I agree my names are not terribly inventive in my novels, but I like an authentic naming practice feel. My characters are normal people who accomplish extraordinary things because of sheer will or honor. Their names fit them, simple but unique.
     
  8. Feo Takahari

    Feo Takahari Auror

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    The characters I've seen associated with my first name include a hypochondriac, a possibly brain-damaged mutant, and a plant. The character I've seen associated with my last name is a nerd with chronic indigestion. When one story used my first name for a badass werewolf, I was overjoyed, so I don't try to give my heroes "cool" names.
     
  9. Caliburn

    Caliburn New Member

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    Its interesting how some people are content to choose random names--probably saves a lot of time. I can get pretty obsessive about them having at least a personal meaning, but perhaps its not so important.
    Another thing is phonetics. When I try to come up with names (with little success) I start by writing down a list of descriptive words that come to mind--words that mean something intellectually but don't feel right. Occasionally that brings up completely random words that feel better.

    Sometimes I do it half-and-half, choosing certain sounds and thinking about what they remind me of. I could do it with your list of names:
    Ludvig - reminds me of "luddite", with an obvious Scandinavian overtone (this is important: some Scandinavian names don't sound "Scandinavian", so if I was consciously trying to evoke that feel it wouldn't make sense to use them.)
    Runor - "rune", "run", "runt", "ruiner"
    Zeeon - Sounds sciency, like "xenon", all Z-sounding words sound zippy and zappity
     
  10. T.Allen.Smith

    T.Allen.Smith Staff Moderator

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    Some authors, like Sanderson, don't think names really matter much at all. He tends to name characters based off how they sound,

    Some, like GRRM, think they do. He names characters for meaning. (Example; Bran = Raven, Craster = Hill Camp).

    I like to dig into naming just for a bit of depth. It can also help in generating ideas. Is it essential? Probably not. The story quality is the only thing that matters.

    That being said, I do believe that people subconsciously understand the meanings of names and can associate them with personalities. That's another reason I like to research names. As long as you don't get so hung up in this that it prohibits actual writing I think it's fine.
     
  11. While a brilliant writer can make any name come to mean something, it's a lot easier if you start with names that already have helpful cultural connotations. Naming your bearded northern berserker "Peaches" is going to give you a bigger hurdle to get over than naming him "Harvath." Making things harder on yourself when you're still starting out is not a good idea.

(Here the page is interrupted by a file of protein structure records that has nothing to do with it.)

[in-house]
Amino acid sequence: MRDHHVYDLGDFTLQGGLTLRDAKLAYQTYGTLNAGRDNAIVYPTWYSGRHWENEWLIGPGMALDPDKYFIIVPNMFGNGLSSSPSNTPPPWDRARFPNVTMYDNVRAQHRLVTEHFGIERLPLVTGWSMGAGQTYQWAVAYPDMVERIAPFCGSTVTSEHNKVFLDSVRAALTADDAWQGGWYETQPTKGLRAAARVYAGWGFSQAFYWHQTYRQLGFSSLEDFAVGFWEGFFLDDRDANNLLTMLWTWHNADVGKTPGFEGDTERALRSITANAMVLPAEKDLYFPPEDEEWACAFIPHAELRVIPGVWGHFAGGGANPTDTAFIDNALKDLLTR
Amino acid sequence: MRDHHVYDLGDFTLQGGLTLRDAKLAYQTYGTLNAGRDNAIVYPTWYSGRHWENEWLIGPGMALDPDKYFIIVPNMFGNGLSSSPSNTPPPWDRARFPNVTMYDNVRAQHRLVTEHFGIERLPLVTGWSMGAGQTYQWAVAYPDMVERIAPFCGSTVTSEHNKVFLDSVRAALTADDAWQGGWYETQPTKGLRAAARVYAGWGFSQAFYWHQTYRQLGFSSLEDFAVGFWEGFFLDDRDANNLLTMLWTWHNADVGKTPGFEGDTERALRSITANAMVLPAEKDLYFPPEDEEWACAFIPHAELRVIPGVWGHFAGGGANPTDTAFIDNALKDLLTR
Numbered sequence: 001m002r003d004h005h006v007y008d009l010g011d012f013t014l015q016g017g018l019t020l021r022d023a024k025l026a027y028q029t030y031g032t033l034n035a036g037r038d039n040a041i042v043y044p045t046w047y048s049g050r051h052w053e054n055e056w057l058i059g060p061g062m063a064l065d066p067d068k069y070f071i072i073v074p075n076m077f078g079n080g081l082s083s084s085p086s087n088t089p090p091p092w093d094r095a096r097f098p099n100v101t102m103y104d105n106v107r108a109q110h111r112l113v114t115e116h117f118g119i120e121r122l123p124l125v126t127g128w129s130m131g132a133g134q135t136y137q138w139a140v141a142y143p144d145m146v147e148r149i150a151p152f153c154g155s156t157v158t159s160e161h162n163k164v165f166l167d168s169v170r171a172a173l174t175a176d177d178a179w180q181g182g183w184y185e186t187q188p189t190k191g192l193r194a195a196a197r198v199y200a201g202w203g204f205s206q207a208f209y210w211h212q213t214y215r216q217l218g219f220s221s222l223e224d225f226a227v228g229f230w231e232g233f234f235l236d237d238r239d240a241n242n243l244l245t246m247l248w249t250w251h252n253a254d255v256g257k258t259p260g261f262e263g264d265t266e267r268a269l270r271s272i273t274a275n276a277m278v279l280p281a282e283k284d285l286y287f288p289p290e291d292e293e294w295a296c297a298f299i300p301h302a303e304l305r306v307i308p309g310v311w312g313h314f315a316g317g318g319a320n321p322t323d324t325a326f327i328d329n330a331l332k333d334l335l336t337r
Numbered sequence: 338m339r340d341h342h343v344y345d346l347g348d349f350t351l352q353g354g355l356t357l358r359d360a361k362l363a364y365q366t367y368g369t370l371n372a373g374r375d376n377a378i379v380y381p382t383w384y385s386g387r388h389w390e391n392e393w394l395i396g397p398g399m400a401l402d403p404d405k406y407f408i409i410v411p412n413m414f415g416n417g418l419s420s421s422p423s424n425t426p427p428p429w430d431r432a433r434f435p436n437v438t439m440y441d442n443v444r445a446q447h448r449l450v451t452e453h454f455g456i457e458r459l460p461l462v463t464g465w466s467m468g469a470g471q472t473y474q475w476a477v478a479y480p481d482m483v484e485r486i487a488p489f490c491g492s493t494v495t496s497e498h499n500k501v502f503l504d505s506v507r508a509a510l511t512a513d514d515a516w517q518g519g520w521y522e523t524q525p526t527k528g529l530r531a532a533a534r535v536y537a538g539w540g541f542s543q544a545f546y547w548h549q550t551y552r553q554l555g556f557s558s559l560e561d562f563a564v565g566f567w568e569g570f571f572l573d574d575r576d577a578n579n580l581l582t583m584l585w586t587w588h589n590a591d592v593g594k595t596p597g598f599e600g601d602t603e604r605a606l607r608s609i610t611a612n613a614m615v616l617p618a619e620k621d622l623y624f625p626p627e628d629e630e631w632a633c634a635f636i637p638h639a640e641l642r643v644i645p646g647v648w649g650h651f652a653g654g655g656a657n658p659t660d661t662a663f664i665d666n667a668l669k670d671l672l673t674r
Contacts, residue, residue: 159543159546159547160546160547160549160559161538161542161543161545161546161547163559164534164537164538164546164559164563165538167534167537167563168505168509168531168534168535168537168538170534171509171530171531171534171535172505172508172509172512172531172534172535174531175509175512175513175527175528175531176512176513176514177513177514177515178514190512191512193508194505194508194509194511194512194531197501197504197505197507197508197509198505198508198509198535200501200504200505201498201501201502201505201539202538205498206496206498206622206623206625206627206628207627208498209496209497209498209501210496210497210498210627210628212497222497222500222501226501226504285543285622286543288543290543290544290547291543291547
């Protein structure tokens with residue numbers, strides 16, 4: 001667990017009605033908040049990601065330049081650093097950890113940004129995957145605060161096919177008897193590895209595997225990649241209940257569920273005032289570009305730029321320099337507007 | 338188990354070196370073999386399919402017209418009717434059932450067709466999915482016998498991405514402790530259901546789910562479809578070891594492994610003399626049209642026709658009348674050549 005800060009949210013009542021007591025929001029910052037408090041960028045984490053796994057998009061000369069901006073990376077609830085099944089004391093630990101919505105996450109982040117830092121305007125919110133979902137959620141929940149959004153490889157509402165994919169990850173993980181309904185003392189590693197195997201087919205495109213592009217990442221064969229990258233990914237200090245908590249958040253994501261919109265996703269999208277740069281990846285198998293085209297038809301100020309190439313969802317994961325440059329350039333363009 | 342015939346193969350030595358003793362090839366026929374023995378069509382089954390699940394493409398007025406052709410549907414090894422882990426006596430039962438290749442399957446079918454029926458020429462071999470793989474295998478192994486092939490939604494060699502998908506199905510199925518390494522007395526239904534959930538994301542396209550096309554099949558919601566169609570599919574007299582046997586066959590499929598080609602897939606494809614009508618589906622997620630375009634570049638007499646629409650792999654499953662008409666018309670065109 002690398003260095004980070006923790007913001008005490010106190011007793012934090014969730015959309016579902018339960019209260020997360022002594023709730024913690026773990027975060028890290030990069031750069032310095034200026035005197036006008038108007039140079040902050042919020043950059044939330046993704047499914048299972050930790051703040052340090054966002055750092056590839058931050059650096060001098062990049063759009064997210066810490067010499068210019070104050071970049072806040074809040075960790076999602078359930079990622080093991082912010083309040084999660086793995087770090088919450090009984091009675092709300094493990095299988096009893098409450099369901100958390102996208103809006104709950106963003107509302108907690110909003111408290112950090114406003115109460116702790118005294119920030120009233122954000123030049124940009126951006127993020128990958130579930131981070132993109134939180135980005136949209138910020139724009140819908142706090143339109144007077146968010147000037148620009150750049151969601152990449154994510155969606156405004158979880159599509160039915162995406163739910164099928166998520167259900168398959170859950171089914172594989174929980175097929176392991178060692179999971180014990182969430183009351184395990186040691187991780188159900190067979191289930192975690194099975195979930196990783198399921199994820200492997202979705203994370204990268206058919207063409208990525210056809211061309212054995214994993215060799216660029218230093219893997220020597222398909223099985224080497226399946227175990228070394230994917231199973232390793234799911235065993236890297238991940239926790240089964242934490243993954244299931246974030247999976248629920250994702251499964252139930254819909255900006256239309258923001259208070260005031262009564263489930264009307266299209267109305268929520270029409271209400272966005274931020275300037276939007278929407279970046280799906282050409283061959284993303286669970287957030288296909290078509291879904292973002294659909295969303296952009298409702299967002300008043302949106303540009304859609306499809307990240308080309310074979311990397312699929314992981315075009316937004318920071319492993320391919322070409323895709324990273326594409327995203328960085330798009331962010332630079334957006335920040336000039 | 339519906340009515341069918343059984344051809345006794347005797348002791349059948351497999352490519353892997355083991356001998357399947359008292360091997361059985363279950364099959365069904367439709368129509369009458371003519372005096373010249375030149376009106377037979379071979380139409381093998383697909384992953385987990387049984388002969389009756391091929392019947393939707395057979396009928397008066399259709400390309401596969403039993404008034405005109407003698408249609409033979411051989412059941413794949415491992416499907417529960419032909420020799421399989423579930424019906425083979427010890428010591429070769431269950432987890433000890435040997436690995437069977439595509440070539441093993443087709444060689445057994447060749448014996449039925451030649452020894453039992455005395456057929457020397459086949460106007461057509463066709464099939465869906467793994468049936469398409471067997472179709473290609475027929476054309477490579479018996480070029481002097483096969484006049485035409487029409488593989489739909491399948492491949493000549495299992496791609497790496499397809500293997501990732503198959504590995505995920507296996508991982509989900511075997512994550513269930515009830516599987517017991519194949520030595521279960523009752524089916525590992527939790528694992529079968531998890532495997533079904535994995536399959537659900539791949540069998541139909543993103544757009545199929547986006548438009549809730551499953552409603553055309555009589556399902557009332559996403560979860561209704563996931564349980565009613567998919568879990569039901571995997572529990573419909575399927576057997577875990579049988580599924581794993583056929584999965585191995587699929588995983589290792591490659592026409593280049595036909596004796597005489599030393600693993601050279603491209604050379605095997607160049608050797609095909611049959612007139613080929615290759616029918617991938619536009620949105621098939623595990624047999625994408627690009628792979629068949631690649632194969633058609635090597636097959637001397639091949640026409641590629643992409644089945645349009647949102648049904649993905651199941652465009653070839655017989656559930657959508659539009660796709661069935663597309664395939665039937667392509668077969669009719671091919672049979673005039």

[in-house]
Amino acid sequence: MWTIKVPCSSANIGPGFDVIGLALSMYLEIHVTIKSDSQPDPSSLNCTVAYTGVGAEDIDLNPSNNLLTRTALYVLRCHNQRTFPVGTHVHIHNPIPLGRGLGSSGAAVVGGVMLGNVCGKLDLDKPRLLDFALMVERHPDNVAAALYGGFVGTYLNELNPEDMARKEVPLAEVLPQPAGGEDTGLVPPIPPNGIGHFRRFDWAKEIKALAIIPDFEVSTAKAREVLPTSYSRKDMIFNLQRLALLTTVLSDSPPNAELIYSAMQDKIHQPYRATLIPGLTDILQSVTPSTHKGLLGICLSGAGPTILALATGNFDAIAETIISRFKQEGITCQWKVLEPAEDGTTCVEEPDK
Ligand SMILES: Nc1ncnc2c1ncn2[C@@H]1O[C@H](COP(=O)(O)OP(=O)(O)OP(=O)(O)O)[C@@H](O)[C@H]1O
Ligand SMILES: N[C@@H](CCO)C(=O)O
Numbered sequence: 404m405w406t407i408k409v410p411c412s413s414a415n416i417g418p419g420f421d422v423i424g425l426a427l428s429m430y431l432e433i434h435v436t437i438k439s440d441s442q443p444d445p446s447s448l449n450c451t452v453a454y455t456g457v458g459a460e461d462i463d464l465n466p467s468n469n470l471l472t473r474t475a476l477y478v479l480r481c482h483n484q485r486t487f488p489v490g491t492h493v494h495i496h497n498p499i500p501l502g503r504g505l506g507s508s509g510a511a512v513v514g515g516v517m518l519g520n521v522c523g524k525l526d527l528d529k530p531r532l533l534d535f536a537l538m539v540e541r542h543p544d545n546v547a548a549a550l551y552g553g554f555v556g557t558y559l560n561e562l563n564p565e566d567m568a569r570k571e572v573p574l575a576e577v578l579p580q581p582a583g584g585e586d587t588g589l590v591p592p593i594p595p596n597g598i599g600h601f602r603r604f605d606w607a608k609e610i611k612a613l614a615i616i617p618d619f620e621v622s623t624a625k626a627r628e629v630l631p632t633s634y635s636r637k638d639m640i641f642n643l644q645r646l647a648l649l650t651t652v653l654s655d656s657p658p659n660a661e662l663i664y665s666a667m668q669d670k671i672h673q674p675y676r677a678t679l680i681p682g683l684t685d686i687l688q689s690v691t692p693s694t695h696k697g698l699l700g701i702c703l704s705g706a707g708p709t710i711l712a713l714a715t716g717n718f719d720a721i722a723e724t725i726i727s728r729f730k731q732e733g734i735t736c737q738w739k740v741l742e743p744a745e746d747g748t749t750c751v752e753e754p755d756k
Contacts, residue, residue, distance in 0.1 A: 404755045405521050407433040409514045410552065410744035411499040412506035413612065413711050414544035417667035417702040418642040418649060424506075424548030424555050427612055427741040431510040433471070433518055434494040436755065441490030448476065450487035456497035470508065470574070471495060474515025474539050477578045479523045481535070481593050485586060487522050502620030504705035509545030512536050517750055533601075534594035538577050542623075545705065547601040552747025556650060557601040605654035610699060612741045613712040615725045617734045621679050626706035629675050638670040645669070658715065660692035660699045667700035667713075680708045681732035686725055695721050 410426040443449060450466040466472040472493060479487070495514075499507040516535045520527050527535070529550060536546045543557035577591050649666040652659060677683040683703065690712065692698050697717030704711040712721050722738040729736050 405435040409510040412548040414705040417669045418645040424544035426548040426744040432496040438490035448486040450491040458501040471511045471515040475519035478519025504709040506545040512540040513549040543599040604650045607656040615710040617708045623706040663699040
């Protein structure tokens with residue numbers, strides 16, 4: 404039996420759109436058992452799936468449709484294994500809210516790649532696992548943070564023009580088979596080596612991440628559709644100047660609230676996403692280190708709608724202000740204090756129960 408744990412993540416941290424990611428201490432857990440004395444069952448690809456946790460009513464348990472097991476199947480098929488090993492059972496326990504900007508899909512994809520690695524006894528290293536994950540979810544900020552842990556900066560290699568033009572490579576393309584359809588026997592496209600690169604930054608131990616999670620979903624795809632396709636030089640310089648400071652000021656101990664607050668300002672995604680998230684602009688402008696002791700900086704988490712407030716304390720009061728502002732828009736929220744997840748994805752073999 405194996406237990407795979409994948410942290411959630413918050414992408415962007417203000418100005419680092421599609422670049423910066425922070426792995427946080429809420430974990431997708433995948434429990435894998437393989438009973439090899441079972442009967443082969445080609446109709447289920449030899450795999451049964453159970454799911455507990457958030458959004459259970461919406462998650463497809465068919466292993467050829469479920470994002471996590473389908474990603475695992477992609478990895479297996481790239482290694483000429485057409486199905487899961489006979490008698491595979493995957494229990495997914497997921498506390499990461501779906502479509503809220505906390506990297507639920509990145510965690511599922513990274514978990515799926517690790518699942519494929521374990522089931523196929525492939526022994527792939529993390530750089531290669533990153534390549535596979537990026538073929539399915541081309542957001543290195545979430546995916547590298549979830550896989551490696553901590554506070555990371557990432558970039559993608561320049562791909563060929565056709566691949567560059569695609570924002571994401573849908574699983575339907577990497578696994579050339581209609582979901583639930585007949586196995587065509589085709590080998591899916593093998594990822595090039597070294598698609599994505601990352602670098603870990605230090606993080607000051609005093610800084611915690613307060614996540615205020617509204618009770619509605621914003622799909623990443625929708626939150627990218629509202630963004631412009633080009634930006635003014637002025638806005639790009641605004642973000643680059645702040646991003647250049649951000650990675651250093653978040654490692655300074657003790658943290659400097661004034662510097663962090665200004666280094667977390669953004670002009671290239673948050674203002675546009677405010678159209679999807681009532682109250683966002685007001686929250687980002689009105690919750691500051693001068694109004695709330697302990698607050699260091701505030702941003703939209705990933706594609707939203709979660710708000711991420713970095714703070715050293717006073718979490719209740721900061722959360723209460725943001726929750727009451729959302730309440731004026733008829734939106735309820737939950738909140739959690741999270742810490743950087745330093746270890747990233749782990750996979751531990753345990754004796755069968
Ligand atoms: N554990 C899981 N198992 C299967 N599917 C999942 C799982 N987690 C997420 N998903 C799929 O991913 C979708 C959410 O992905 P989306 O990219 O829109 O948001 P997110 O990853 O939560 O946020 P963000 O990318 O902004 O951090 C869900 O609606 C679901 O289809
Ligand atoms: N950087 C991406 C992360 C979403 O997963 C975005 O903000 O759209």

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  12. SeverinR

    SeverinR Vala

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    In real life,
    people name their kids because they like the names, not because of what they will grow up to be when an adult.

    Avoid bad or weak names, but trust in what you like or what fits, the biggest thing is to avoid "bad" names.
     
  13. Naming all depends on intent. Like Little John for example. We all know that he was in fact a big big man. Naming a bearded barbarian Peaches, as Benjamin Clayborne noted, could bring hurdles or it could be a means to insert some humor to a situation because maybe the parents of this barbarian were hippies of the barbarian world.
     
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  14. T.Allen.Smith

    T.Allen.Smith Staff Moderator

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    This is true in our modern, western culture but this is not the case across all modern cultures. It certainly wasn't true in the time periods that most fantasy stories take place in. In those times commonly used for fantasy settings, names did have meanings. Most started as occupational or place names but many were more abstract in definition.
     
  15. Saigonnus

    Saigonnus Auror

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    Of course, I was just using that as an idea of literary license that Johnny Cash took when he wrote the song. Of course the song was designed to be funny and the same could be used for writing... if your writing is designed to be a farse, a nordic barbarian named Piechiz is perfectly reasonable. May as well name the shaman Khudduls or something equally inane while you are at it.

    I tend to think of names that in some way reflect the character I am creating or writing about, but I rarely focus too much on the names' origins or what they mean, though I used to when playing my RPGs. I guess each writer is different in how they do things and if you want to research names, then go for it.